Advice to Solicitors on Their Role in a Municipal Bond Issue
You are probably not an expert in public finance, but you are an experienced attorney who has seen all sorts of legal issues that municipalities face. As the transaction moves forward, ask questions if you do not understand something—there are no stupid questions whether one dollar or millions of dollars of public funds are involved. The odds are, if you don't understand something, your client probably doesn't understand it either.
Don't accept "that's just the way it's done" as an answer. You and your client deserve clear answers to your questions. Here are a few examples of good general questions: To bond counsel, are there any thorny tax issues you are analyzing or any difficult disclosure issues you are considering? To the financial adviser, do you think the issuer's disclosure is appropriate? If at any point you feel uncertain or uncomfortable regarding the transaction, stop the train until you get comfortable.
• The official statement is your client's document, no matter who prepares it, so make sure it's accurate.
The prospectus in a bond issue is called an official statement, or OS. In many transactions, the financial adviser or the underwriter's counsel will draft the OS, but no matter who drafts the OS, under the law it is considered your client's—the issuer's—disclosure.
Because you represent and interact with the municipality on a daily basis, you know much more about the municipality than any of the other professionals involved in the financing. Be sure to carefully read the draft OS, and make sure your client carefully reviews it too. The OS usually contains a description of the municipal government and of the local area and economy—make sure all of that information is complete and accurate. Pension liabilities, OPEB (other post-employment benefits) liabilities, litigation and swap liabilities are areas of specific concern to regulators and investors and must be adequately described in the OS.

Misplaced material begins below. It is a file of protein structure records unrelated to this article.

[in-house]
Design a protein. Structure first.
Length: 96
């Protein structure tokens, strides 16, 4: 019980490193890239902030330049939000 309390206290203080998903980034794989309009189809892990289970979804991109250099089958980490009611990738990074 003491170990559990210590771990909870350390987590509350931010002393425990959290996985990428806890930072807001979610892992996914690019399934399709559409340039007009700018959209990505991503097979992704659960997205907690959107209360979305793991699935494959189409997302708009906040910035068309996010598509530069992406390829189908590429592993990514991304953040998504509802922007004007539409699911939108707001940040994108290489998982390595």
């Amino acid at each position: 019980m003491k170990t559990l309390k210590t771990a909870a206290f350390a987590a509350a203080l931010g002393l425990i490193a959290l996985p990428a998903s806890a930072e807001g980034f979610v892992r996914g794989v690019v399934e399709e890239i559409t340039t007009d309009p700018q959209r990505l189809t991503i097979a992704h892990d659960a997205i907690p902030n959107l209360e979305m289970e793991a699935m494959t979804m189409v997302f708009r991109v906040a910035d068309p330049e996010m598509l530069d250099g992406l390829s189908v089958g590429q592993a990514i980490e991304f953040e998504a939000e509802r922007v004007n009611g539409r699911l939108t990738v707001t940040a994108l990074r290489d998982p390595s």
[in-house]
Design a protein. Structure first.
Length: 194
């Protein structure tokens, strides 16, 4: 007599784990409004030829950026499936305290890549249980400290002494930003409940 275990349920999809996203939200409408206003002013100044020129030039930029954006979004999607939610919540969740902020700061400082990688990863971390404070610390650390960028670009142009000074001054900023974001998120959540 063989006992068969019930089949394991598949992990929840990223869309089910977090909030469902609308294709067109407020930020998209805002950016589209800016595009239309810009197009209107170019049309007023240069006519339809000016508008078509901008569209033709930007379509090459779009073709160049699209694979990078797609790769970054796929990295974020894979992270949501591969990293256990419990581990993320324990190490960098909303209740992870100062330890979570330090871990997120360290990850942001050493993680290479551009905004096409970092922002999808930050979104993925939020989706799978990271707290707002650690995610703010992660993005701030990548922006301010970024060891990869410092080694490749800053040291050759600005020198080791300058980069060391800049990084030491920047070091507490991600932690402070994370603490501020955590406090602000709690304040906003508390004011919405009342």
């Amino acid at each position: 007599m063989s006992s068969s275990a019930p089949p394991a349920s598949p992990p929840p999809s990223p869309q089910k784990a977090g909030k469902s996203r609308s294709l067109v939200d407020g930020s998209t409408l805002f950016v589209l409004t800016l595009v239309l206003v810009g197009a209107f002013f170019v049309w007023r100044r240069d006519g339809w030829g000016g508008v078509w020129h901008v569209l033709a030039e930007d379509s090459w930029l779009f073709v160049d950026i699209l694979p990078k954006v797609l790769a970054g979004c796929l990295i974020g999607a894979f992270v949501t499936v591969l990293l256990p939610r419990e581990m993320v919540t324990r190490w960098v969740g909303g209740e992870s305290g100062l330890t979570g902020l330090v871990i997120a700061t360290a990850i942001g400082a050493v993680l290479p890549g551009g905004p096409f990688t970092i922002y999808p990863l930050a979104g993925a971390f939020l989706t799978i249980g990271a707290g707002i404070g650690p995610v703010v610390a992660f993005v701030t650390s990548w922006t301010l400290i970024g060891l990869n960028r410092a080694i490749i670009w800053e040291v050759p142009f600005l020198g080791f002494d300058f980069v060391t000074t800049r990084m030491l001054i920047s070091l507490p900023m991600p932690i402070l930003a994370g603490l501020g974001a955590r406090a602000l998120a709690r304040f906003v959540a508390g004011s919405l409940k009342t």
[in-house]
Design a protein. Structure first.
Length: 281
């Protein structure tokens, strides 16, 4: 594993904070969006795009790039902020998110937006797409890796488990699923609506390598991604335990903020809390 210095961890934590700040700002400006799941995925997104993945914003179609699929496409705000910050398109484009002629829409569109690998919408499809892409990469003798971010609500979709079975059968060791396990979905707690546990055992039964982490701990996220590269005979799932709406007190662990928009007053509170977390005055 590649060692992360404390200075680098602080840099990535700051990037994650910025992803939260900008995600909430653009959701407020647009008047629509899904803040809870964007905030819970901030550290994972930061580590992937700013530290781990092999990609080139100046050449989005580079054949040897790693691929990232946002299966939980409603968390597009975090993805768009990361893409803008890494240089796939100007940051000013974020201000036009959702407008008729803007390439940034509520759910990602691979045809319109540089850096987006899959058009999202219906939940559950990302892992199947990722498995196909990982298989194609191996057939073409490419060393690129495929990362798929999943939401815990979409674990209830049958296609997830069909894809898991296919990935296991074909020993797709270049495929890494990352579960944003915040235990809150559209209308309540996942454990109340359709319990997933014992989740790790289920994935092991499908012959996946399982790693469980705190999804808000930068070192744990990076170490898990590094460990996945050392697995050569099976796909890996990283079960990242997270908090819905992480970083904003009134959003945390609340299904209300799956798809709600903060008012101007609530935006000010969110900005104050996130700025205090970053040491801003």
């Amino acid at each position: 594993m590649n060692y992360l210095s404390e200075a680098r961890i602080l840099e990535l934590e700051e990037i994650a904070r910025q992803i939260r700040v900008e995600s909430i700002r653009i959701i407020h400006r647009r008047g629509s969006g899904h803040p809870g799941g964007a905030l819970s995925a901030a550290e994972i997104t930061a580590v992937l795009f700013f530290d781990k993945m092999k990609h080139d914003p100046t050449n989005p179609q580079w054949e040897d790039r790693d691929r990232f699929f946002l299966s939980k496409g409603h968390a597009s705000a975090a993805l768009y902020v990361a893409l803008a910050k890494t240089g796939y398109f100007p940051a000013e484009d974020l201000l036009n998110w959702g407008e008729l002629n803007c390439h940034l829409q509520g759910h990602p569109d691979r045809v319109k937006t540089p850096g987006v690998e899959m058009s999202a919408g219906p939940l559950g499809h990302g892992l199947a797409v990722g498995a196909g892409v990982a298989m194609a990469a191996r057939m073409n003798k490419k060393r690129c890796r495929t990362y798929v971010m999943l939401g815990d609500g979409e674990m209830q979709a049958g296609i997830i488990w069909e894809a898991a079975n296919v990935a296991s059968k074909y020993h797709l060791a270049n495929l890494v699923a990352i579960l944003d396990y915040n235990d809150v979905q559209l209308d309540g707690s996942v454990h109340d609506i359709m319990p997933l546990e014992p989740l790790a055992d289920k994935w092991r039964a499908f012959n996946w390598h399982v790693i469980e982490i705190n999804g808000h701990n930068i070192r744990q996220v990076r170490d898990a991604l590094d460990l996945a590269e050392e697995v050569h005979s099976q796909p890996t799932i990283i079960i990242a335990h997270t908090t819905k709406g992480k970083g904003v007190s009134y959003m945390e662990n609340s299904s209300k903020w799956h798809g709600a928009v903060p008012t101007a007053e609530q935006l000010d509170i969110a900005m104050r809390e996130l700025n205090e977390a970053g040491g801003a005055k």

• Follow the Sunshine Law.
Make sure the official action to approve the debt taken by the governing body of your municipal client is in conformity with your required procedures, including the Sunshine Law. The Local Government Unit Debt Act may supersede some of your procedures; consult with bond counsel on this point.
• Understand your legal opinion.
In many cases, the bond counsel will prepare a draft of your legal opinion to be delivered at closing. Ask bond counsel to give you a draft of the opinion very early on in the course of the transaction. Review it carefully and make sure you are comfortable with the opinions you are required to render. Pay particular attention to opinions regarding outstanding or potential litigation. If there are any complicated litigation matters, be sure to review them with the other parties as soon as possible, and definitely before the preliminary OS is distributed.
• Get paid an appropriate fee.